Under the scheme victims had no access to lawyers, any payments were confidential, admission of liability was limited, and complainants lost the right to make any further claims against the church. The Fosters refused the paltry offer, but it took nearly 10 years in court to win significantly higher settlements from the church. Emma committed suicide during the process, and Katie suffered permanent damage after she was hit by a car while binge drinking.

Anthony Foster told a Victorian parliamentary inquiry in 2012:

Our legal system currently helps to deny victims access to the enormous wealth of the church … It must now be reviewed to ensure that it complies with the legal and moral standards of our society to ensure and enable just compensation and care for all victims. If victims had been awarded civil levels of compensation, the church would have acted decades ago to prevent incidences of sexual assault and the subsequent financial liability. Instead the church has been able to minimise payments to victims to levels that it dictates.

Foster is right. The legal system can and does frequently work well for victims of wrongdoing. Recently victims of Victoria’s horrendous bushfires of 2008 successfully settled their class actions against power companies. Victims of child sexual abuse have settled many civil claims to date. However, redress can fall down when defendants take elaborate asset protection strategies. James Hardie did exactly that to asbestos victims. In its approach over decades, the Catholic church has aped many corporate wrongdoers keen to avoid or delay accountability for wrongdoing.

The church has created the mess but has the ability to take a radically different approach – a moral approach. It can create an entity with assets that can be sued by victims of abuse. Such a step has already been taken by each of the Anglican dioceses of Bendigo, Ballarat and Wangaratta. Anglican bishop John Parkes explained that “survivors should be able to sue a readily identifiable church entity that has the financial capacity to meet claims of institutional child sexual abuse.”

The Catholic church need not wait for the royal commission to conclude, or for any ensuing debate with government about a national scheme. It can be proactive and facilitate giving its victims the means to seek redress. It could have done this years ago. Or last week. Or yesterday. It can act now. Unilaterally.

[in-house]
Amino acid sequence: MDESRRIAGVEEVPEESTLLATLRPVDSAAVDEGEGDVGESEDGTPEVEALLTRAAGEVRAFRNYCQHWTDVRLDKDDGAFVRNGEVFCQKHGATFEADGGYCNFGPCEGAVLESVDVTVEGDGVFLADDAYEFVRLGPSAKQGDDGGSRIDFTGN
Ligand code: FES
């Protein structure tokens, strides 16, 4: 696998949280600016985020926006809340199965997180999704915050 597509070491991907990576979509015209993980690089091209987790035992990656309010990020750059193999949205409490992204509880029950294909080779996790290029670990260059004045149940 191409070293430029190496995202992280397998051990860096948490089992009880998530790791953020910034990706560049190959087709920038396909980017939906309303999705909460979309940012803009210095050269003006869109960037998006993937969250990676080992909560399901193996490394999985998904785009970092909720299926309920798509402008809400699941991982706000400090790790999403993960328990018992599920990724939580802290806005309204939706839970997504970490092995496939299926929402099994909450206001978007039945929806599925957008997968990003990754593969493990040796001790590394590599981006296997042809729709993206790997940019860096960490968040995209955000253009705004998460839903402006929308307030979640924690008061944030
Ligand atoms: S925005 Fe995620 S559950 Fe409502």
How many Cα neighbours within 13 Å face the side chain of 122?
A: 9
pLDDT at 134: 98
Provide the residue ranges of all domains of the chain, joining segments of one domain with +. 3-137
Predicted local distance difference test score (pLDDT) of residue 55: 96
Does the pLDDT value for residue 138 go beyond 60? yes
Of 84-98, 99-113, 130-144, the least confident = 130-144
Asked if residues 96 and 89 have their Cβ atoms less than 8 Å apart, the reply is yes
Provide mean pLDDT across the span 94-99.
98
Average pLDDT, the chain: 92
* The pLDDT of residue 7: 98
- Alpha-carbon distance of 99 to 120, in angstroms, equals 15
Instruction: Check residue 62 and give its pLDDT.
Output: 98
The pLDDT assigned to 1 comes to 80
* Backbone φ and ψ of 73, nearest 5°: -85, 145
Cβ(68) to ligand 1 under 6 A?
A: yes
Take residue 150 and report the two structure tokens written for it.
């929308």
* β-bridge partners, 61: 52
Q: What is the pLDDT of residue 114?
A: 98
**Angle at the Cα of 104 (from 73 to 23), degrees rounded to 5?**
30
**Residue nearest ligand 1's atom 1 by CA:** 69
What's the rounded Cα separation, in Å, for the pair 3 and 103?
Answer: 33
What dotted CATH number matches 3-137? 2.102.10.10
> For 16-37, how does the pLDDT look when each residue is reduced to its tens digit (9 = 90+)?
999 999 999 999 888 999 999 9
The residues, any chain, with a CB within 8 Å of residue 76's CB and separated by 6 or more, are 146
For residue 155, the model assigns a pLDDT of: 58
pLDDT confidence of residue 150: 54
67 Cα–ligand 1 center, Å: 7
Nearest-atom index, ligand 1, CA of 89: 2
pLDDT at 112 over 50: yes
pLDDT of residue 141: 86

The TJHC and others have argued that a national redress system would not only be simple and expedient, but would have the additional advantage of not re-traumatising victims. But my experience as a lawyer has reinforced that victims must deal with trauma, whatever scheme or process they face. Any retelling of traumatic experiences is difficult; it doesn’t matter what label that is attached to the process.

To be fair, the TJHC has made some encouraging noises in a recent submission to the royal commission, arguing for legislation to ensure churches and other organisations with responsibilities for children establish legally incorporated entities that can be sued. But it is careful to say it prefers a national redress system, partly funded by government. In doing so it continues the church’s long tradition of asking for special treatment and exemptions from laws – from taxation laws to anti-discrimination laws – that apply to almost everyone else.

The Salvation Army, a number of Jewish institutions and even some parts of the Catholic church, both within Australia and in other countries, have allowed their wealth to be opened up to civil claims.

If it followed suit, the Catholic church would send a powerful and radical message by acknowledging that it has harmed many children and their families. It would be taking responsibility for the destruction, the enormous suffering and the suicides. It would effectively be saying: we cannot wind back the clock but we must now accept accountability for what has happened. We are sorry and we are taking steps to ensure victims of our wrongdoing can be properly compensated.

This article originally appeared in The Guardian.